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The Bottom Of The Food Chain

By Richard Lowe
Posted Thursday, June 17, 2004

I have nothing against a company trying to make an honest dollar in exchange for a useful service. After all, that is why companies are in existence.

Those internet companies which provided free services and based their existence on supporting those services with advertising are having a tough time right now. The advertising model is based upon network television's success at providing free programming in exchange for the viewing of advertisements.

The most significant issue with this model (on both television and the internet) is the fact that the customer is not the viewer or user. The customer is the advertiser. The actual user of the service is the commodity which is being sold. That's why the Neilson ratings are so important to the network stations - they determine how many viewers are watching so that commercial time can be sold. The higher the rating, the more likely sales are to occur and the higher the rates can be.

The model gets even more convoluted with services such as GeoCities and Egroups. You see, the model normally has three components: the company selling the advertising (such as Yahoo), the advertisers (the real customers), and the users (the viewers of the ads). Egroups and GeoCities adds a forth grouping.

This is the content providers. In network television, content is purchased directly by the networks and carefully planned to be of maximum desirability to advertisers. In the case of Yahoo and similar companies, the content is created by a legion of volunteers, all more or less industriously working to make money for the corporate machine.

Who are these content providers? Why, anyone who has a web site (in the case of GeoCities) and runs a mailing list (in the case of egroups). As you create web pages or send emails you are actually giving content to the company, in which they place advertisements. People look at your content and view the ads.

Unfortunately, in this model the content providers are not worth much to the company. After all, there are plenty more where they came from. Someone will always want a free web site or mailing list or whatever in exchange for the showing of ads.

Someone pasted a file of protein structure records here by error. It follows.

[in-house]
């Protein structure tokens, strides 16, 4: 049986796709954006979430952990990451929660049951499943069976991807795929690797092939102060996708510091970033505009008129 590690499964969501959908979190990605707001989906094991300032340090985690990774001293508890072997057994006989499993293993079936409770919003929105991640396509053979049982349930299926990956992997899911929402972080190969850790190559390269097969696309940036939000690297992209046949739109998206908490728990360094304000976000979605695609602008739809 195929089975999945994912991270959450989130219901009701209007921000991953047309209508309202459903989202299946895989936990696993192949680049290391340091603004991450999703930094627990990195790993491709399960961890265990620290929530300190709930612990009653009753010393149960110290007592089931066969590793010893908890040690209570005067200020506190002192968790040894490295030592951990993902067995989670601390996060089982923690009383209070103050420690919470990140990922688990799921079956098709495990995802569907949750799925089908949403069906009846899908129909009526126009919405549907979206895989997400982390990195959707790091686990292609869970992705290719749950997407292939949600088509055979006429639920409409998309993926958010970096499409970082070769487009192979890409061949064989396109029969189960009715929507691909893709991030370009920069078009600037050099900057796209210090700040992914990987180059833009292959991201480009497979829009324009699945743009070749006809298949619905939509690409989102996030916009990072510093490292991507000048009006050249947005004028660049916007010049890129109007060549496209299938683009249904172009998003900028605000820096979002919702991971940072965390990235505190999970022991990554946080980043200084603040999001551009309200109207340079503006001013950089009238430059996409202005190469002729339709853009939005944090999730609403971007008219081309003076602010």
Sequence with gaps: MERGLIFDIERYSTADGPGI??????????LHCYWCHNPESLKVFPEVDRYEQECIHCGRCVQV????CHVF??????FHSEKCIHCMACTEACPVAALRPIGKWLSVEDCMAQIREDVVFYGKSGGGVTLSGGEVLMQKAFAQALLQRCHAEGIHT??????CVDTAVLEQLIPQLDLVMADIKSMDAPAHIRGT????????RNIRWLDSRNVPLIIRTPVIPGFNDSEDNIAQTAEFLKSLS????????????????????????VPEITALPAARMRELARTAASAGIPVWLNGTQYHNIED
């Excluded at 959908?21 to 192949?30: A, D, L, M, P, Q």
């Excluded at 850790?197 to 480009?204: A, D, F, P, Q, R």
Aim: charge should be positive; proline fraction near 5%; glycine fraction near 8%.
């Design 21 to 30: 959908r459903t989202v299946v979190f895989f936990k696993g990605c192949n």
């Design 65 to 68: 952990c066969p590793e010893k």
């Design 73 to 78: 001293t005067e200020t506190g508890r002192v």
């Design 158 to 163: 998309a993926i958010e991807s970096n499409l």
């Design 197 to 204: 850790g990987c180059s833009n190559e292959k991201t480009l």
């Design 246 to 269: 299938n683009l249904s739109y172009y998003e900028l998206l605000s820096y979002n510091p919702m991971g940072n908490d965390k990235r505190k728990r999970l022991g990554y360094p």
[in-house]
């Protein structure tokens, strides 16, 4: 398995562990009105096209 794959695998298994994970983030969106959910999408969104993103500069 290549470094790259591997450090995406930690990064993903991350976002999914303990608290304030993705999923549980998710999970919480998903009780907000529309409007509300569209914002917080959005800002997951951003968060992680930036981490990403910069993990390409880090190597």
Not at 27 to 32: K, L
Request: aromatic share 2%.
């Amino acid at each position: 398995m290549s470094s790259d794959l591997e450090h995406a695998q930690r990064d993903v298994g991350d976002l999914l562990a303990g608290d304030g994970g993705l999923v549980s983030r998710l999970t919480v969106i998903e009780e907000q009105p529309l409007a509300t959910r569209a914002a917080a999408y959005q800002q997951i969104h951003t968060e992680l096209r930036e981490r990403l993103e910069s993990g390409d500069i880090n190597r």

That is the main reason why the service from companies with this model tends to be exceptionally poor - the content providers are the lowest critters on the food chain.

This is very easy to see. Let's say someone puts up a web site on one of these free providers which has some questionable content, perhaps not exactly in violation of the terms and conditions but it could be interpreted that way. You will find that the web site will be deleted immediately and without warning on the first email complaining of a violation. There is usually no investigation, no appeal and no recourse for the webmaster.

In a more sane model, the webmaster directly pays for his site. If a complaint is made, the company will generally be much slower on the trigger, and much more likely to listen to the webmasters than in the advertising based model.

As advertisers have become more savvy to the fact that promotion on the internet is not nearly as cut-and-dry or simple as expected, they are spending their money more carefully. This has resulted in far less income for the internet companies (resulting in many business failures), and it can be quite entertaining to see how desperate the survivors are becoming.

Egroups moved their ads from the bottom of their emails to the top, and changed them from text links to graphics banners. Users of the service hate this change almost without exception, but advertisers want their banners seen, and the top is better suited for that purpose. It's completely irrelevant what the users think (unless, of course, they defected in mass, which they have not done).

In addition, egroups subscribers were recently shocked to learn that they will now, by default, receive numerous spam emails in exchange for using the service. There is now a new screen which lists all of the different categories for this spam along with a yes/no option to allow it to be stopped. The default for everyone is YES, because Yahoo knows that most people will not bother to change it.

This naturally puts more advertisements in front of more people.

On the other hand, Yahoo has obviously concluded that the advertising model does not work well for it's GeoCities product. If you have a web site you are only allowed a tiny amount of bandwidth before the site is shut off for the rest of the month. This means far fewer ads are shown. The purpose is to get the webmasters to pay for their web sites (which would be a poor decision on the part of most webmasters as their are many web hosts with far better service available at less cost).

So what is the answer for the consumer? Find services in which you are the direct customer. You will generally receive far better customer service, and you might be surprised to find out that the cost is not as bad as you might have thought.

About the Author
Richard Lowe Jr. is the webmaster of Internet Tips And Secrets at ( - Visit our website any time to read over 1,000 complete FREE articles about how to improve your
internet profits, enjoyment and knowledge.


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